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Apple Says It Has Fixed Gender Pay Gap For U.S. Employees

Apple announced it has closed the gender wage gap for its employees in the United States and continues to hire more women and minorities, according to the iPhone maker's annual diversity report.

"We’ve achieved pay equity in the United States for similar roles and performance. Women earn one dollar for every dollar male employees earn,"said Apple's report. "And underrepresented minorities earn one dollar for every dollar white employees earn."

Grand Opening Of The Apple Inc. Flagship Store
Apple Inc. employees pose for a photograph before the grand opening of the new Apple Inc. flagship store at Union Square in San Francisco, California, U.S., on Saturday, May 21, 2016. Bloomberg / Bloomberg via Getty Images

Apple CEO Tim Cook said in February a study had determined women earned 99.6 cents for every $1 men earned, while underrepresented minorities made 99.7 cents for every $1 earned by white employees in similar jobs, according to the New York Times.

While there was nearly equity, Cook said the company was committed to closing the gap.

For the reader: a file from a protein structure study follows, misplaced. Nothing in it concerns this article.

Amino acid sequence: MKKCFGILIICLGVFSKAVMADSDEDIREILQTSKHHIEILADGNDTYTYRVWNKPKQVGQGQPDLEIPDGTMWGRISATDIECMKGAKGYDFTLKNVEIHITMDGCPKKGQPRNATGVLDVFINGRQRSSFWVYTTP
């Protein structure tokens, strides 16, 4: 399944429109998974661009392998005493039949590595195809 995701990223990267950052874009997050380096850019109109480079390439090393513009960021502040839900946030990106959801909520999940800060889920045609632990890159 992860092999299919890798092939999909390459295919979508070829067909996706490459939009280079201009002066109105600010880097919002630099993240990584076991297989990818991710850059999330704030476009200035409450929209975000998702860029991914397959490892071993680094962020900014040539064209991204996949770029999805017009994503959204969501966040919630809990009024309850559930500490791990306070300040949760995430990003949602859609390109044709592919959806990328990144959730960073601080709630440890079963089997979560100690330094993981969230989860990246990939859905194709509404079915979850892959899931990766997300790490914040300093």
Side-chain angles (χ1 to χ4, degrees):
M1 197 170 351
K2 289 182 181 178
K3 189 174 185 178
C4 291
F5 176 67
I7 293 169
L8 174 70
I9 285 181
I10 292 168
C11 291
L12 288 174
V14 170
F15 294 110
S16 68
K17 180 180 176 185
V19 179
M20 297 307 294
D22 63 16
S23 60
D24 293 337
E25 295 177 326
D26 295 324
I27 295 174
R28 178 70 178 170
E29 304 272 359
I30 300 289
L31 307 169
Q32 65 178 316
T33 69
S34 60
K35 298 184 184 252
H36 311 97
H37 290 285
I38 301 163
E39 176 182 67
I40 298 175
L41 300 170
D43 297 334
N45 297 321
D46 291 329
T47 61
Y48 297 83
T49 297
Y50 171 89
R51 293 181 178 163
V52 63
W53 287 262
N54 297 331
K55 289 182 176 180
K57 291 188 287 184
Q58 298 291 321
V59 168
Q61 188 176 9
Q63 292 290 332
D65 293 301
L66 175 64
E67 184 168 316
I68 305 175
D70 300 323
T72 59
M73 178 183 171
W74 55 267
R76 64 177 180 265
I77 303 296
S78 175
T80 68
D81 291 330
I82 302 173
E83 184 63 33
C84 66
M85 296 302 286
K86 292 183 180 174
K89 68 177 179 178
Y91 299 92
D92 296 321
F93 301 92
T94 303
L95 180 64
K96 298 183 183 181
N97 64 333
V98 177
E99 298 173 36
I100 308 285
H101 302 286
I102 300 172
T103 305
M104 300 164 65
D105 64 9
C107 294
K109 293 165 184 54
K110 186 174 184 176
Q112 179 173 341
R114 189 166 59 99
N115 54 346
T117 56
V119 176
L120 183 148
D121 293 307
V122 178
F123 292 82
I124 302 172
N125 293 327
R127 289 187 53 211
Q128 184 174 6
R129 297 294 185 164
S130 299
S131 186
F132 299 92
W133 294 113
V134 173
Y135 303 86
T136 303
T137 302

Apple is now looking to do the same worldwide, analyzing the compensation, bonuses, and stock grants of its global workforce to determine if there is a gender or diversity wage gap between people in similar positions.

"If a gap exists, we’ll address it. And we’ll continue our work to make sure we maintain pay equity," said Apple's report.

Facebook and Amazon said earlier this year they had closed the wage gap. Microsoft reported in April female employees make 99.8 cents for every $1 earned by a white male in a similar position.

15 Years of the Apple Store 0:50

Hiring more women and diverse candidates has been a key focus in Silicon Valley and Apple's report revealed the company has made progress this year.

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Apple's workforce is now 68 percent male and 32 percent female. That's a slight shift from last year, when the company reported a composition of 69 percent male and 31 percent female employees.

More than half of Apple's new hires — 54 percent — were minorities, according to the report. Of those, 27 percent are minorities who are underrepresented in the tech community, including black, Hispanic, Native American, Native Hawaiian, and Other Pacific Islander, said Apple.